As any kid who’s gotten exactly what they wanted for Christmas can tell you – Christmas is about fulfillment.
Do you remember when you got the best present ever?
I was 12 or 13 when I got mine. My first real guitar amplifier. It was awesome. A Peavey Bandit. It had two channels, reverb, parametric equalization, a footswitch, and no less than one-hundred-and-thirty-five watts of ear-splitting, heavy metal power.
I could hit a power chord on my electric guitar, and with that amp cranked up just half-way – I could blow your house down!
And I loved it.
When I unwrapped it and plugged that baby in, I wasn’t just pleased. Or happy. Or content.
I was fulfilled.
But I was easier to please back then.
All it took then was getting exactly what I asked my dad for every day for three months.
Now I’m not so sure what I’m getting for Christmas, and I never even know what to ask for. And it seems like every year I’m conflicted as to how to feel in these days leading up to Christmas. Am I supposed to be excited about Christmas Eve or Christmas morning? Is it the pageant tonight or the services next week that’s most special?
It’s really fun — now that I have a job — to buy cool presents for other people. And having our first christmas tree in our first house last year was totally awesome. But these days, it seems Christmas just isn’t the same, and it certainly isn’t as simple, as being a 12-year-old with a big box under the tree. Is it?
The thing about growing up, I guess, is that the Christmas focus becomes less about “What’s under the tree,” and more about “Who’s around the tree.” The heart no longer asks, “What’d you get?” Rather it asks, “who am I with?”
And this new focus makes Christmas a lot harder than it used to be, especially when you remember all the people who aren’t around – either because they’ve died; or left; or haven’t yet been introduced.
Yeah, Christmas gets harder when you get older, because even though presents are nice, the kind of fulfillment we all want Christmas to be about, just isn’t always there for us.
The people we want aren’t always there,
the life we want isn’t always there,
and the people we want to be, just isn’t always there.
Maybe you know what I mean?
When I was a kid all I ever wanted for Christmas were things like legos, guitars, gadgets, and video games. And even though I also got a bunch of darned sweaters and books, I made out pretty well on my wish list. And when I got older, all I ever wanted for Christmas was cash, cool clothes, and a fun party to go to.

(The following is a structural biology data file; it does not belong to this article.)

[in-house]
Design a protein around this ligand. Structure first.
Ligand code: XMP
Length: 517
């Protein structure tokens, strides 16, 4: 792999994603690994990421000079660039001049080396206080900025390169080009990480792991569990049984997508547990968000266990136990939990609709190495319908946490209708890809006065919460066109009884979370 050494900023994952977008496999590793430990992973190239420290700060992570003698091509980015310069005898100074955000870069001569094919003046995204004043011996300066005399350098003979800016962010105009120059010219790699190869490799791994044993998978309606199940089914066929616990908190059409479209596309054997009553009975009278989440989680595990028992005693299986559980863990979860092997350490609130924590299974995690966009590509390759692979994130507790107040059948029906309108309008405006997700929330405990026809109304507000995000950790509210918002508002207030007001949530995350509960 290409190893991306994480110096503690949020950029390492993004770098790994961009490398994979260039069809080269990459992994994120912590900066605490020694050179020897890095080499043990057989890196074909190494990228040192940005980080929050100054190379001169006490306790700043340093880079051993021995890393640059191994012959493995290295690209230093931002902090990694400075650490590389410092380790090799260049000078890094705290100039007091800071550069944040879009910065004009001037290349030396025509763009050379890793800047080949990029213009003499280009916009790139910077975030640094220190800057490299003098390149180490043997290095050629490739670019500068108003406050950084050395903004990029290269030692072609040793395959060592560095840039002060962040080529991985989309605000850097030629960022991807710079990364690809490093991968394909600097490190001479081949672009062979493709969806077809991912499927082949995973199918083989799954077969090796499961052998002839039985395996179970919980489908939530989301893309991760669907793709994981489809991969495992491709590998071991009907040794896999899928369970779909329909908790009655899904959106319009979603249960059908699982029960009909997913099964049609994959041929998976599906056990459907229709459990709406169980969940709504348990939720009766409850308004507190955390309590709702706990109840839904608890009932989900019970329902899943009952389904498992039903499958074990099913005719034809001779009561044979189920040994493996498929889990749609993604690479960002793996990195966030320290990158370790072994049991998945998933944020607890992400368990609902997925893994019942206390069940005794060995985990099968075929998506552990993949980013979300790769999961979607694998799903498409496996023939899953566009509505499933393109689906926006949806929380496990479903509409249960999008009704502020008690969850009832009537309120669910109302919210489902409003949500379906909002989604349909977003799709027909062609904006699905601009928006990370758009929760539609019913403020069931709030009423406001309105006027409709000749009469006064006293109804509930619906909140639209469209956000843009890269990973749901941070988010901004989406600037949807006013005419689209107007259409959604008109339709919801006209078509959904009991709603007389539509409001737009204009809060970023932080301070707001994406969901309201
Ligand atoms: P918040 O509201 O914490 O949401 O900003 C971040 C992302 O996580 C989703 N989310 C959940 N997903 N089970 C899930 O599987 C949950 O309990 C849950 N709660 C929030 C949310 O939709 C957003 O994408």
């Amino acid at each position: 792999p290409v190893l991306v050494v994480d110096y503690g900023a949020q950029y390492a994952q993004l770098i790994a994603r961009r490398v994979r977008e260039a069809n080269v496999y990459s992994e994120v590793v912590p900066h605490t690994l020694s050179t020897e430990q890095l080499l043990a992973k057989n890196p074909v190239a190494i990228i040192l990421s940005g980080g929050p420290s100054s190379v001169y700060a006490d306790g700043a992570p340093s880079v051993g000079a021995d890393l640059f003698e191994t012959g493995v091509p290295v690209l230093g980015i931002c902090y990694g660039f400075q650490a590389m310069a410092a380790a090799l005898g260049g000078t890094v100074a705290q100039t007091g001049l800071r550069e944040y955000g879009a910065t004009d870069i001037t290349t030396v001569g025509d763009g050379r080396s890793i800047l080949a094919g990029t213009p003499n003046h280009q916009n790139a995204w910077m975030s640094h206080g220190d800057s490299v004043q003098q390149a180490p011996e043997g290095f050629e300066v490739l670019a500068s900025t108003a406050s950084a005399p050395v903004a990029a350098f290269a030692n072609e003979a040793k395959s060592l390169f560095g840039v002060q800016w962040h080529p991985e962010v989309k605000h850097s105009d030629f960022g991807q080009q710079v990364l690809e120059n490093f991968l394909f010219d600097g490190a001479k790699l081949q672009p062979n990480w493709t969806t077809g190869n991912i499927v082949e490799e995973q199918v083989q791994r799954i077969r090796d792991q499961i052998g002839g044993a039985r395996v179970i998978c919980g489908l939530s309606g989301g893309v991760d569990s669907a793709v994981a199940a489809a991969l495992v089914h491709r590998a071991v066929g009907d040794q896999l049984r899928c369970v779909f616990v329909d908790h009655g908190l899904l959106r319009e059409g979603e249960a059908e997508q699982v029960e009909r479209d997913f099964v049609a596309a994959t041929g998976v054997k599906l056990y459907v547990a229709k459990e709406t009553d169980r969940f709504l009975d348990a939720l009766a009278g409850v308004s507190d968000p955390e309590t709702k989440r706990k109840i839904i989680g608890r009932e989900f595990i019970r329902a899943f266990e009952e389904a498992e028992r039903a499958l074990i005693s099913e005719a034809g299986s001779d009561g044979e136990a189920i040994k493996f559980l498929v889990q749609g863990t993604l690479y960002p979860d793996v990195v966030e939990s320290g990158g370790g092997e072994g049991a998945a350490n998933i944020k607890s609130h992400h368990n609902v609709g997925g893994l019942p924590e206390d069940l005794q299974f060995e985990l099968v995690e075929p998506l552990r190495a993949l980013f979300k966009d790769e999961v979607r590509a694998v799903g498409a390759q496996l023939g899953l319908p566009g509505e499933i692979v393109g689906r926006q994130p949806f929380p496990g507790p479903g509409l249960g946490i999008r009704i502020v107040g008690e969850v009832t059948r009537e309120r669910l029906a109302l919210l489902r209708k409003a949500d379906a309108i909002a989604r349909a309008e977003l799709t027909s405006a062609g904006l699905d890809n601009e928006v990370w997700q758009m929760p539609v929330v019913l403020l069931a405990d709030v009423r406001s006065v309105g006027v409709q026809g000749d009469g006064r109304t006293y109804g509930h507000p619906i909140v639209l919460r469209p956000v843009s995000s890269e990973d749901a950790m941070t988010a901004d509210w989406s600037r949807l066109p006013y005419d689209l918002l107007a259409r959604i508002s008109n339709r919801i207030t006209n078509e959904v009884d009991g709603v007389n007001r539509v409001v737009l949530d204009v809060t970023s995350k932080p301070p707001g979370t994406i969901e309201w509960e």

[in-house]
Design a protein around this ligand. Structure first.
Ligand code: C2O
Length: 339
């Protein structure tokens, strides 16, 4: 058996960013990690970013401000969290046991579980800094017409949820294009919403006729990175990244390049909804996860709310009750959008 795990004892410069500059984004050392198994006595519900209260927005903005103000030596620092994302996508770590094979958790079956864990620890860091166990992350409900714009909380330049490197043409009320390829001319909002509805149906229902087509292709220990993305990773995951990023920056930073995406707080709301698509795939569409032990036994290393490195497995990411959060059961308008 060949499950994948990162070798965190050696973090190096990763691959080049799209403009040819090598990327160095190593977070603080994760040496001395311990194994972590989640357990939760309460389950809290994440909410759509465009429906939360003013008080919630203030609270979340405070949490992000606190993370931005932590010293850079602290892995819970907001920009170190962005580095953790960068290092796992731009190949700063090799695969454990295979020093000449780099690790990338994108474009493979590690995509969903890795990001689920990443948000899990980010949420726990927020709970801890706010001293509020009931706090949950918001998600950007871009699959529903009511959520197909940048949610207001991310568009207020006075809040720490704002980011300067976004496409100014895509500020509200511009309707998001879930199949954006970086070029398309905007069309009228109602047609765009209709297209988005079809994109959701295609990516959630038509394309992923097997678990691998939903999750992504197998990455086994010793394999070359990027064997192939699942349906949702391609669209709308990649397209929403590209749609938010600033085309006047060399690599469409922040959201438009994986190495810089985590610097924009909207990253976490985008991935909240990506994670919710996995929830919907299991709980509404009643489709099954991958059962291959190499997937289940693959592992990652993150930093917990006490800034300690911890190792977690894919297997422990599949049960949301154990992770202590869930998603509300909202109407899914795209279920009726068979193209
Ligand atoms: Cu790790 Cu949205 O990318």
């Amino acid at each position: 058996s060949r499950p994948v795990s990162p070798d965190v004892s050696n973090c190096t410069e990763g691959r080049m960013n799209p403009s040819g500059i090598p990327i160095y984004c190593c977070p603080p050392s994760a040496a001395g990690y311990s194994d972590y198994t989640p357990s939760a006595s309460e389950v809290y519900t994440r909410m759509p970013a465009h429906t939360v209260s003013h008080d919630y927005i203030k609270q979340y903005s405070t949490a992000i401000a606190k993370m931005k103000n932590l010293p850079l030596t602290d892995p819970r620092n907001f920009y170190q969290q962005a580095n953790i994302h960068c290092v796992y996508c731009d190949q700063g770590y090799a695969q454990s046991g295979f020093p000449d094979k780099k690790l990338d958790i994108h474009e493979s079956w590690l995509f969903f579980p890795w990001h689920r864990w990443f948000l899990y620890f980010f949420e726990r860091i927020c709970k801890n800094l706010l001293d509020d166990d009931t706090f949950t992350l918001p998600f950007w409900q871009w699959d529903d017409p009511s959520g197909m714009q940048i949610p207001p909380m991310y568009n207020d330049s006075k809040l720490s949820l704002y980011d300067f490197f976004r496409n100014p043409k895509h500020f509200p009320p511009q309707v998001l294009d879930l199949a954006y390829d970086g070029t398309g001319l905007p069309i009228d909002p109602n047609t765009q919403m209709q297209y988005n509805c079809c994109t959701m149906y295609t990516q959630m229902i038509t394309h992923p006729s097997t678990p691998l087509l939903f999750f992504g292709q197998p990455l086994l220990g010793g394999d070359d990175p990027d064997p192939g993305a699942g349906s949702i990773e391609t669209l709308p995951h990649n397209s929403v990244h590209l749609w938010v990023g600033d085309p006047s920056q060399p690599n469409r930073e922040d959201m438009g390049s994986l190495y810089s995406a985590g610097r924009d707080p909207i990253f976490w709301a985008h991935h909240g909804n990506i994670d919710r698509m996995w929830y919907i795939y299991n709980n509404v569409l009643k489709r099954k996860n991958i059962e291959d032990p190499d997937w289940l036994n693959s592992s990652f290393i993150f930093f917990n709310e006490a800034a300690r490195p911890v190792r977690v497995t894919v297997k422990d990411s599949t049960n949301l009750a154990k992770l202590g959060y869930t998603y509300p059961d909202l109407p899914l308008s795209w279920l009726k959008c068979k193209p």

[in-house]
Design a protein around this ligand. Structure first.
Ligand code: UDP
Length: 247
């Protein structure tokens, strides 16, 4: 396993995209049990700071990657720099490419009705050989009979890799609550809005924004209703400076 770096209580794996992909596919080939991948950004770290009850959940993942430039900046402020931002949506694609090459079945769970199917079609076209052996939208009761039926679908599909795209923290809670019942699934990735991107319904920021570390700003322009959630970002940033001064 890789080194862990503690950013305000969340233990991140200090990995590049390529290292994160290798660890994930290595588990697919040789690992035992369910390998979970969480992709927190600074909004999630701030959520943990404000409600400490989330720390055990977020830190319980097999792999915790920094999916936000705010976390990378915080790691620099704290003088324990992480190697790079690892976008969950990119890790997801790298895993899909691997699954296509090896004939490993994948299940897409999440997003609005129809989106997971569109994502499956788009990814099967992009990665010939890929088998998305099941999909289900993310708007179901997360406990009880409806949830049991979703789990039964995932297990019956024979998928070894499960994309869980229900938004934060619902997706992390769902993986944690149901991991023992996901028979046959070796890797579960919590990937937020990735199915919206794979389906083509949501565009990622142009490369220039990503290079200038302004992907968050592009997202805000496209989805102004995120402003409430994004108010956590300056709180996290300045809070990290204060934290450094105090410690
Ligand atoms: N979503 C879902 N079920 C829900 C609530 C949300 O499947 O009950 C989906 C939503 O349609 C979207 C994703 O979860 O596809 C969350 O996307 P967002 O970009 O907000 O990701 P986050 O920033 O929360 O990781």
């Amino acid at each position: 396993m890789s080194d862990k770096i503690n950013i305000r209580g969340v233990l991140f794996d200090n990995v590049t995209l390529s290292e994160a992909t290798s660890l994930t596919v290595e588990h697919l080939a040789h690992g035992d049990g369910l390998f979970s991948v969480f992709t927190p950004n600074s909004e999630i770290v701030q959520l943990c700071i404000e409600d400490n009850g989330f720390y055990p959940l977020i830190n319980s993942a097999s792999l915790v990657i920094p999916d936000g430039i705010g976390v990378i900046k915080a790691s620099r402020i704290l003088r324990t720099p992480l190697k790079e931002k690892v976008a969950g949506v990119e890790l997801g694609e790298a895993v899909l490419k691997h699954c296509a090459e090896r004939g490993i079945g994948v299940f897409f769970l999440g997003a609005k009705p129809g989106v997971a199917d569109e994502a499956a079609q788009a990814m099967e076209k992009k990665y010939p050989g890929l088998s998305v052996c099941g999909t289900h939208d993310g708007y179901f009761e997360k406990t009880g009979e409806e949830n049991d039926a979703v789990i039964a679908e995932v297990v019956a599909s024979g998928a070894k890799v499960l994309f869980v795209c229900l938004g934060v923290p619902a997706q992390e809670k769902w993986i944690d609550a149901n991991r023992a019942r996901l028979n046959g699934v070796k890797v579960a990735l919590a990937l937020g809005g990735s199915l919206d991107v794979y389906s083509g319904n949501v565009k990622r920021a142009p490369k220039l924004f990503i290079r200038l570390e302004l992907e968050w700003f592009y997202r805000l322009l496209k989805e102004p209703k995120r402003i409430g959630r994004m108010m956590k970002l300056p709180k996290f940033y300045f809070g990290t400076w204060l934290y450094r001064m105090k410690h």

Yeah, now that I’m a grown-up, I don’t know what I want for Christmas anymore, . . . . . . . except to be fulfilled.
What about you? And that fulfillment which I’d say we all have on our wish list, just doesn’t come that easy does it?
But I believe that God knows.
God knows that this World of pain and sorrow cannot bring the fulfillment that you and I want or need to become whole.
God knows that you and I don’t want much for Christmas this year, except the approval of our families and friends; the recognition of our colleagues at work, the kindness of our neighbors where we live and pray, and the gentle warmth of persons to share our lives with.
God knows that all we really want for Christmas this year is to be loved and to find our place.
And this is why God came to be one of us. God came to be one of us, so that we would know for sure that God is real, and our hope is too. God came to be a promise for us – in flesh and blood – that we will be fulfilled one day. And if we believe in that now, we will begin to see every Christmas, and every day, a little more clearly. We will begin to see the mystery of everyday life, and hear the music of a world ringing with angel’s songs.
God came to be one of us so that the things which are real in the nature of God, can also be real in the nature of Mankind. Jesus came to take on our life, so that we might be taken up into the life of God.
Christmas ain’t about a guitar amplifier or even a kitchen full of fruit-cake. But if you have these things in your house this year, or a tree, or a gift, or a wreath, or a stocking, or a shiny new bicycle, or a delicious piece of cake, let them not be for you anything less, or anything more, than the symbol and reminder you make for one another that one day you will be fulfilled beyond your wildest Christmas wish list.
And all it takes to get on that road to another life, is to open your heart, and kindle the lights of your eyes with love to see that Christmas is the day when God came to be one of us, and to set us free forever. Amen.